I'm the new Black Tie reporter for the Observer — and I can't wait to get started.
Alright, I know what you're probably asking yourself: Is that a guy in charge of the Black Tie section?
To answer you — yes! I am the man covering local Black Tie adventures for the Sarasota Observer, Longboat Observer and East County Observer. And I'm the very first guy to do so, in fact.
My name's Harry Sayer and, after spending two years working the Black Tie beat in Winter Park, I've moved across the state for this new opportunity. It’s great to meet you.
A little about me: I spent most of my life growing up in Palm Beach (my folks moved to the Sunshine State as soon as they could legally drive down from upstate New York) and eventually found myself studying journalism at the University of Central Florida. I was brought into the Observer family right out of college to cover the Black Tie scene in Winter Park, Maitland and Orlando. I can’t say it was a job I expected but the best parts of life are its surprises, and covering the philanthropic scene there was no exception.
Now I find myself here in Sarasota and, after a week, I have to tell you something you already know: This is a beautiful city. I didn’t realize how much I missed relaxing on the beach until I found myself exploring this town’s sandy shores. And the ocean air! Orlando is The City Beautiful, but it’s certainly not breezy.
I know that Sarasota doesn’t play when it comes to the Black Tie scene — it was the stuff of legend when I worked in Winter Park — and I’m also aware that it's a great responsibility to cover these philanthropic endeavors.
What I can tell you is again something you already know: while philanthropy is often fun, it's always important. Beneath the grandeur of these dazzling events is some tremendous compassion and generosity on display from Sarasota's philanthropic community. And these actions and attitudes help people every day in ways it's hard for us to sometimes comprehend. But I'm so excited to chronicle these events the best I can and show what Black Tie achieves in Sarasota.
I’m also hoping to bring back my signature fashion column, which looks at some of the more unique and poppy styles that can be found in this fine city. It’s called Harry’s Styles and I think we can all get behind a name like that.
Shoot me story ideas, comments and questions at [email protected]. You can also send me tips on how to take care of a kitten — I recently became a first-time pet owner, and I’d like to do it right.
There’s something special here, and I’m excited to learn everything about it. What about you?
Having A Heart
It was a fittingly emotional affair at the Heart Gallery of Sarasota’s Art for the Heart exhibit premiere Thursday, June 13 at the Art Avenue gallery inside Westfield Siesta Key Mall.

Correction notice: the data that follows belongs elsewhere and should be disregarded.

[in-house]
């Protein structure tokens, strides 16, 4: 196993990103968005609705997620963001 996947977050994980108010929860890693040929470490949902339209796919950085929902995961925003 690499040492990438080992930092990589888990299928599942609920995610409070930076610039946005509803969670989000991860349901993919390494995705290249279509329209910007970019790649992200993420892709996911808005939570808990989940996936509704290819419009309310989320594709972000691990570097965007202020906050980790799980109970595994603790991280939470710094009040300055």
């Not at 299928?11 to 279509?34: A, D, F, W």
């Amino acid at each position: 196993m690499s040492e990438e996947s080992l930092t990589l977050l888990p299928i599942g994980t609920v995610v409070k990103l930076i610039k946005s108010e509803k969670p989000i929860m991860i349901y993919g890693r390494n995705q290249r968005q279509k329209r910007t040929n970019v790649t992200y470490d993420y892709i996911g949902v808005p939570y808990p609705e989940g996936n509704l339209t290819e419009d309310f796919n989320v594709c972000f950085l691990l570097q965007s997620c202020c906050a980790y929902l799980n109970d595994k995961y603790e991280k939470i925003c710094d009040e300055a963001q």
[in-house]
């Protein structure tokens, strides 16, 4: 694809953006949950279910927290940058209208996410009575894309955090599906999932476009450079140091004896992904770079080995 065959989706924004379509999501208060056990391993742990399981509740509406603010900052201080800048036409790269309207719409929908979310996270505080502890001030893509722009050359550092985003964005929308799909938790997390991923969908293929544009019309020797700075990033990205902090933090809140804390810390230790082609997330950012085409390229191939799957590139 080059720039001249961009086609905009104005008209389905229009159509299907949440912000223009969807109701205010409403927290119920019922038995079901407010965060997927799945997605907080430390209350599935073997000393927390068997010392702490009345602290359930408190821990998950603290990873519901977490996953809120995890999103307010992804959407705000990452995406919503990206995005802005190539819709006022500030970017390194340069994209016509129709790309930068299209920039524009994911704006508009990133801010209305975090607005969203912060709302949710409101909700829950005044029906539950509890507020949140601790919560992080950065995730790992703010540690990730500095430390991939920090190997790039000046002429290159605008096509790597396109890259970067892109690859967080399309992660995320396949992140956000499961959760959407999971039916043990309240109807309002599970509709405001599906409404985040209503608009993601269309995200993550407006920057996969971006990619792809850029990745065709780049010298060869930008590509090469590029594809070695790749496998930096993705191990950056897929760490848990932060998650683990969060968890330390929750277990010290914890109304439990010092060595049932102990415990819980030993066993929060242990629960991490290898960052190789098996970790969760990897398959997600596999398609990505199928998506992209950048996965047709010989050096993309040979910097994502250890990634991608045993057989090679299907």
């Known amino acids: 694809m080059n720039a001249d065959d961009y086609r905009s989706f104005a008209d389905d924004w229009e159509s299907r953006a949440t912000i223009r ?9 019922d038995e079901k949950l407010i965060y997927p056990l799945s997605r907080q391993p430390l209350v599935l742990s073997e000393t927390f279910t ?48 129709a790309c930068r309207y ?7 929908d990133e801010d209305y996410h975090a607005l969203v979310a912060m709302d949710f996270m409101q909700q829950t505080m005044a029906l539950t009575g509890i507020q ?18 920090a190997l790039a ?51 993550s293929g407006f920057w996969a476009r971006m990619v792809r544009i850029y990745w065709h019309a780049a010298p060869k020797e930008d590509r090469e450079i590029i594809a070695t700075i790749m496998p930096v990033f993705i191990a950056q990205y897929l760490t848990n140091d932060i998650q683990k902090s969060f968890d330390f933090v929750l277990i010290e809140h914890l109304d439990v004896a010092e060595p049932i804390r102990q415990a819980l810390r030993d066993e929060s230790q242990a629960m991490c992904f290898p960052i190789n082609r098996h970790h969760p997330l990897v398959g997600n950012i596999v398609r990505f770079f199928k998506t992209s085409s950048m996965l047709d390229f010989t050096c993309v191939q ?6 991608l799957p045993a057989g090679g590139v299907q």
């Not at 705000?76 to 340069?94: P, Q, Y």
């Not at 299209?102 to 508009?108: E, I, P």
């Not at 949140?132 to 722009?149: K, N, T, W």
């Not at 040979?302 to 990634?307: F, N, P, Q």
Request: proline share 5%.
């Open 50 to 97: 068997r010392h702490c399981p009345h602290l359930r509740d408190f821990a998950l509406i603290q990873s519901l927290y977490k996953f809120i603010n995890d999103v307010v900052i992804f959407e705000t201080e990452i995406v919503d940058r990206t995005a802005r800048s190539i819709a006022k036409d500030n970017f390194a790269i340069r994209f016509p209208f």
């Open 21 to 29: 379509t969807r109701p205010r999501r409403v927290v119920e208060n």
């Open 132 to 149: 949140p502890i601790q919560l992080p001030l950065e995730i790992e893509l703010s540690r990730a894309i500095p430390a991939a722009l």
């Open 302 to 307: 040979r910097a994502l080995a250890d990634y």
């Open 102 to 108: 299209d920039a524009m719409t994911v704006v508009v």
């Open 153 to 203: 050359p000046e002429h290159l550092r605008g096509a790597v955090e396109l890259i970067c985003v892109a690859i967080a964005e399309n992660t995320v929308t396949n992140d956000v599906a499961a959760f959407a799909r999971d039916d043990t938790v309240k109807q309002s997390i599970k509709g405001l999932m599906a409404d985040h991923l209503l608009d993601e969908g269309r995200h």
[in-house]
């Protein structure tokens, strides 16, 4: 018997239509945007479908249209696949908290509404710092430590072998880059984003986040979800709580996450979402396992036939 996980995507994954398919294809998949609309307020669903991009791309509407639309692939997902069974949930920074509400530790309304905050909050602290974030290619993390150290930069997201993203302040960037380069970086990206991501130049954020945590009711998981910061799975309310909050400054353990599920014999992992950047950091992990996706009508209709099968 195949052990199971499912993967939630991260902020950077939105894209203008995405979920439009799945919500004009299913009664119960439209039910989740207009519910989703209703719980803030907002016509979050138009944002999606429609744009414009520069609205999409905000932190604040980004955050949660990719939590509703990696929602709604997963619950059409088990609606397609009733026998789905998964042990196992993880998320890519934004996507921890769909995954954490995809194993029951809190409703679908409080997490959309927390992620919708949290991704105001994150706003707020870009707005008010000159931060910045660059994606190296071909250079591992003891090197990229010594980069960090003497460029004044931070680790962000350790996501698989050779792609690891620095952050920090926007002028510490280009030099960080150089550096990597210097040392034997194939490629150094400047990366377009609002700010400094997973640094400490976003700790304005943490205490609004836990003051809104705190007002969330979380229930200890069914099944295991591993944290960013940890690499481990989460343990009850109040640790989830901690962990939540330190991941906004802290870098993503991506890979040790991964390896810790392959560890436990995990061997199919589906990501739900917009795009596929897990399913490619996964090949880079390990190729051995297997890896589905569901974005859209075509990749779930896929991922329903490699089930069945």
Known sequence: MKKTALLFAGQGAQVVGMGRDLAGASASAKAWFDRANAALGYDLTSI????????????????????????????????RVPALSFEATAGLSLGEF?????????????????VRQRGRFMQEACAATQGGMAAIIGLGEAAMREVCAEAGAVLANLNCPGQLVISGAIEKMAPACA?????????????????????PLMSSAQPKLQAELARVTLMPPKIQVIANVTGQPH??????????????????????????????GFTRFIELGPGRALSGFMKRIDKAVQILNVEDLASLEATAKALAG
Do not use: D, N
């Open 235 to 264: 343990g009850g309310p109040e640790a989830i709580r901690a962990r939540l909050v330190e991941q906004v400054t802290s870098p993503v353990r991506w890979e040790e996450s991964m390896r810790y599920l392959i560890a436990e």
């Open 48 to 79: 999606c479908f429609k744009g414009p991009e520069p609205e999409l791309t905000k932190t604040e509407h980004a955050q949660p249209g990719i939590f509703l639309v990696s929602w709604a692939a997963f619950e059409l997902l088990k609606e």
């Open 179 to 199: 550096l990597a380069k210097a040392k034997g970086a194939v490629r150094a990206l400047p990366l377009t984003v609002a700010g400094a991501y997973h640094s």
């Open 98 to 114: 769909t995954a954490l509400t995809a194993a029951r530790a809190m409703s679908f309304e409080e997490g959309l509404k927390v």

The nonprofit uses photography and other artistic imagery to raise awareness of children in foster care awaiting adoption, and it often has traveling photography displays in community venues such as churches and libraries.
To mark the opening of Heart Gallery's new exhibit, which is a collection of photo displays and paintings of children in the foster care system, the group had more than 70 guests celebrating the various contributing photographers and painters at Art Avenue. Supporters, including Dale and Mary Ellen Vollrath from the Sarasota Southside Rotary Club, Painting for Good Causes founder Laurie Anspach, Director of Community Engagement for Church of the Palms Sarah Sobeleski and Art Avenue owner Paul Sykes, enjoyed drinks and hor d'oeuvres while listening to Heart Gallery of Sarasota President Matthew Straeb, Executive Director Allison Juceam, Director of Photography Peter Acker and others.
Adoptive father Rusty Crawford told a moving story of the first time he met the then-16-year-old foster care child he eventually adopted. Today, Rusty has two adopted children and hopes to take in four more.
“It just felt really, really good,” Rusty says. “Most people don’t know adopted kids or have never had the idea (to adopt) but maybe I gave them an idea to check into it and help these kids out.”
Bringing back the UnGala
Here’s a welcome surprise. The Ringling’s UnGala is coming back after a decade-long hiatus. 'The Evolution'-themed event will be hosted at The John and Mable Ringling Museum of Art courtyard on Oct. 19.
The fundraiser is also planned as a kickoff to the museum's upcoming 2019-2020 season of visual and performing arts. While UnGala was first conceived as a younger, more-relaxed alternative to many of the season’s social events, that idea fell by the wayside and the event grew more formal over time. The Ringling is going back to the original idea with this year’s dress code, for which guests are encouraged to wear whatever they feel is “comfortable.” It's always good to be creative, of course.
You won’t be seeing an event chairman or chairwoman but you might catch 25 ambassadors spearheading the show, half of which are younger figures who weren’t involved in prior UnGalas. Christina Fraser, The Ringling’s assistant director of events & rentals, will be helping plan the event.
"It's really important to keep that interest alive with the younger crowd,” event ambassador Sarah Beattie says.
Tickets will go for $375. There will only be around 700 guests this year and the word is that it’s expected to sell out. Keep an eye on this one and register on The Ringling’s website for a ticket if you’re interested in joining the show.